5. takeshi74 macrumors 601

    Feb 9, 2011
    People that understand what it is and need it. Why do you ask? If you don't see the point then move on.
  6. brand macrumors 601


    Oct 3, 2006
    Might want to recheck your facts.

    USB 3.0 is only capable of 4.8Gbps.
    The next version of USB 3, most likely will be named USB 3.1, will be capable of 10Gbps but it has not been released yet.

    Additionally your measure of data is not correct.

    bytes ≠ bits
    B ≠ b
  7. MCAsan macrumors 601


    Jul 9, 2012
    I use LaCie TB drives for all external storage. Works far faster than any other transport options. TB version 2 spec has been announced with a updated controller chip that doubles the speed. TB2 will be backwards compatible with TB1.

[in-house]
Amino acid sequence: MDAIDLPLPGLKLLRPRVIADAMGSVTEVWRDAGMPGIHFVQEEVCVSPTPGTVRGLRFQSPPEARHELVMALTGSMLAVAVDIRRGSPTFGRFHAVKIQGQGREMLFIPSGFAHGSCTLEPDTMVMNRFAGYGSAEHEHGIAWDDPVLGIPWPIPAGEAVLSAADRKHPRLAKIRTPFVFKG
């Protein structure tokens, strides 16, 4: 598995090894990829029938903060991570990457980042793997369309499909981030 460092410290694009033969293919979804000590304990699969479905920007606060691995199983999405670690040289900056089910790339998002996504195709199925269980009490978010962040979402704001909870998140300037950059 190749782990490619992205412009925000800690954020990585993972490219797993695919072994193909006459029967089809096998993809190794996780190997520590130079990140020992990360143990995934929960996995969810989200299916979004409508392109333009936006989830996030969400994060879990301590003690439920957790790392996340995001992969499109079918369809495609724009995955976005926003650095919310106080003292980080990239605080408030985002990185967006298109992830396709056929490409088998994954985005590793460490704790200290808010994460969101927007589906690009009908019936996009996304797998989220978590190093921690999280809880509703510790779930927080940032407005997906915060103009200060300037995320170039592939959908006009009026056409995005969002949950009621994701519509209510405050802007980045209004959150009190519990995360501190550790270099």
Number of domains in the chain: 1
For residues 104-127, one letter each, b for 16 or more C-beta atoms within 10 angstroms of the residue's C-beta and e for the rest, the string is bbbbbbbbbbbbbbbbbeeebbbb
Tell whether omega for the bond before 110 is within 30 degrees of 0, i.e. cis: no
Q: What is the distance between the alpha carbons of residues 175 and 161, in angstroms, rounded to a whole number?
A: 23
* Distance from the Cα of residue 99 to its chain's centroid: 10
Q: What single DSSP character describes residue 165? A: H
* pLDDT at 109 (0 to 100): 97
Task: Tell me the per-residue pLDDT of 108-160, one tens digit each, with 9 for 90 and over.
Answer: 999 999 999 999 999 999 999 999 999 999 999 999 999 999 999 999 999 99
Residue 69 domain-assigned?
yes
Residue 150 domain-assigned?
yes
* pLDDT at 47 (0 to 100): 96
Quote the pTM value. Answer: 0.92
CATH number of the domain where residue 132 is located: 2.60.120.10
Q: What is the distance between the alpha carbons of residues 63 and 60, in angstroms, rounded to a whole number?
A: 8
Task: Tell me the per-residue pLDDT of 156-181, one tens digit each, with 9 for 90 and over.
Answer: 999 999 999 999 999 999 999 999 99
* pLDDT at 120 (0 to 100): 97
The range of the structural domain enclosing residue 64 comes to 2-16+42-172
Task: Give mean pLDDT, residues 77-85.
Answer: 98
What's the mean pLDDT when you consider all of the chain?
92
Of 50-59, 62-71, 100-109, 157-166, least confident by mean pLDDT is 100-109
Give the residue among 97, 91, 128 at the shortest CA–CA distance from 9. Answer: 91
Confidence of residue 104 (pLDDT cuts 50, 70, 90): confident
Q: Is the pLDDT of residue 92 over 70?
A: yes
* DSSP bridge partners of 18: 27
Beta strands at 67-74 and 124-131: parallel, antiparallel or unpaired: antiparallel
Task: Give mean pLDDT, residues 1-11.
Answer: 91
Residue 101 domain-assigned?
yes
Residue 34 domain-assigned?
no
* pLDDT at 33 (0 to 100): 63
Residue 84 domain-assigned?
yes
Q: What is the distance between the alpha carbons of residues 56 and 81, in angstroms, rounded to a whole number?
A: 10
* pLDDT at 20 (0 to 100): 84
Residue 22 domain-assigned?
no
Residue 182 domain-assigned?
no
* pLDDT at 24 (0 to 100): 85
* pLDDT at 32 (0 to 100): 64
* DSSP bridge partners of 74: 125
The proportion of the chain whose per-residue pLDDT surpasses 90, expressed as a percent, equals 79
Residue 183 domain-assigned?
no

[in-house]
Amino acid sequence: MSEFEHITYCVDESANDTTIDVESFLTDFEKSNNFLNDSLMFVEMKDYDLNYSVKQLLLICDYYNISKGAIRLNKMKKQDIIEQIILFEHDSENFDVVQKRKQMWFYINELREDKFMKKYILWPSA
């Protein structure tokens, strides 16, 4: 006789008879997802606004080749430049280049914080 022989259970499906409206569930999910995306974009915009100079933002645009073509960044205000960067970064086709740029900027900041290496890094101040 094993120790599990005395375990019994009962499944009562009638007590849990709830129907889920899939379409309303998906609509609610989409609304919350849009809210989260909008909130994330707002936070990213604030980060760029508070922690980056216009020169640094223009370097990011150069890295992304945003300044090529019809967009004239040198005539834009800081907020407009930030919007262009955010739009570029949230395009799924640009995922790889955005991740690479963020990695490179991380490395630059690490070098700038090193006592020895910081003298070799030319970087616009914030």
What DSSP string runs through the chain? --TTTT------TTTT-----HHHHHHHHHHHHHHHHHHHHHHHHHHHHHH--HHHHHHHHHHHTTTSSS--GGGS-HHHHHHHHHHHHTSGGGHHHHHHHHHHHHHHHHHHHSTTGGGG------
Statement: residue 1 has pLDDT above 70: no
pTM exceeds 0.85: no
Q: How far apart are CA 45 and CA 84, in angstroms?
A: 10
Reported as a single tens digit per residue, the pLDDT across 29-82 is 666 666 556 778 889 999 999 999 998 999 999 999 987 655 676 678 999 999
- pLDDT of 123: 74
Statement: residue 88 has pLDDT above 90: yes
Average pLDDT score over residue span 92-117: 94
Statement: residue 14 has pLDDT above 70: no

So by the end of 2014 we may have the options of USB 3 and TB 2. It is always good to have choices.
  8. Volkan1984 macrumors member

    Feb 7, 2013
    Plus, Thunderbolt 2nd gen is capable of 20Gbps per lane (as opposed to Thunderbolt 10Gbps per lane).
  9. sammich macrumors 601


    Sep 26, 2006
    TB '2' is still 4 lanes (2 in each direction). It's just that when the new controller detects another TB '2' controller on the other end, it will aggregate the two channels going in/out into one channel of 20Gbps in each direction.

    The net bandwidth doesn't change.
  10. Outrigger macrumors 68000


    Dec 22, 2008
    They're not my facts, I was quoting the OP.